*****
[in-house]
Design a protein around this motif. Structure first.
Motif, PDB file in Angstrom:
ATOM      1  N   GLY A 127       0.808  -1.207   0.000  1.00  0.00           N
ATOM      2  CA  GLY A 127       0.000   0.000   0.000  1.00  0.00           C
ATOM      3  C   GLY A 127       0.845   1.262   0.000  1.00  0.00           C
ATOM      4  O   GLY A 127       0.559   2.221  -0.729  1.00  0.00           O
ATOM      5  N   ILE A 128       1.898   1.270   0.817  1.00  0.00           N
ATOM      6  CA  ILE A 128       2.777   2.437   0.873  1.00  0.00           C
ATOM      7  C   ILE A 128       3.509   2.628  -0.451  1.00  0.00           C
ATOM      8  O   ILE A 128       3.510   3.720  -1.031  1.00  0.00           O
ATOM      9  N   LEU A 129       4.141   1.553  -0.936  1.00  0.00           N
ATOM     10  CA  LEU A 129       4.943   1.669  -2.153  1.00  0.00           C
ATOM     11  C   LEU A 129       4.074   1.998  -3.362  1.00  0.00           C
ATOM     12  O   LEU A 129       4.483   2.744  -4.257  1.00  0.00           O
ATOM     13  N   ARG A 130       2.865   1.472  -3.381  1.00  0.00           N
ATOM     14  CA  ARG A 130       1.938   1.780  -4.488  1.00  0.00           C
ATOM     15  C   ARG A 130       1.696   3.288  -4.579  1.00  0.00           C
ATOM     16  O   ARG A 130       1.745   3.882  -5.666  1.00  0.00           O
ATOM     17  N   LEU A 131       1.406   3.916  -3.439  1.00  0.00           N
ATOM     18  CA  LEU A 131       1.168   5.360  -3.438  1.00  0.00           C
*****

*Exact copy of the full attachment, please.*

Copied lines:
[in-house]
Design a protein around this motif. Structure first.
Motif, PDB file in Angstrom:
ATOM      1  N   GLY A 127       0.808  -1.207   0.000  1.00  0.00           N
ATOM      2  CA  GLY A 127       0.000   0.000   0.000  1.00  0.00           C
ATOM      3  C   GLY A 127       0.845   1.262   0.000  1.00  0.00           C
ATOM      4  O   GLY A 127       0.559   2.221  -0.729  1.00  0.00           O
ATOM      5  N   ILE A 128       1.898   1.270   0.817  1.00  0.00           N
ATOM      6  CA  ILE A 128       2.777   2.437   0.873  1.00  0.00           C
ATOM      7  C   ILE A 128       3.509   2.628  -0.451  1.00  0.00           C
ATOM      8  O   ILE A 128       3.510   3.720  -1.031  1.00  0.00           O
ATOM      9  N   LEU A 129       4.141   1.553  -0.936  1.00  0.00           N
ATOM     10  CA  LEU A 129       4.943   1.669  -2.153  1.00  0.00           C
ATOM     11  C   LEU A 129       4.074   1.998  -3.362  1.00  0.00           C
ATOM     12  O   LEU A 129       4.483   2.744  -4.257  1.00  0.00           O
ATOM     13  N   ARG A 130       2.865   1.472  -3.381  1.00  0.00           N
ATOM     14  CA  ARG A 130       1.938   1.780  -4.488  1.00  0.00           C
ATOM     15  C   ARG A 130       1.696   3.288  -4.579  1.00  0.00           C
ATOM     16  O   ARG A 130       1.745   3.882  -5.666  1.00  0.00           O
ATOM     17  N   LEU A 131       1.406   3.916  -3.439  1.00  0.00           N
ATOM     18  CA  LEU A 131       1.168   5.360  -3.438  1.00  0.00           C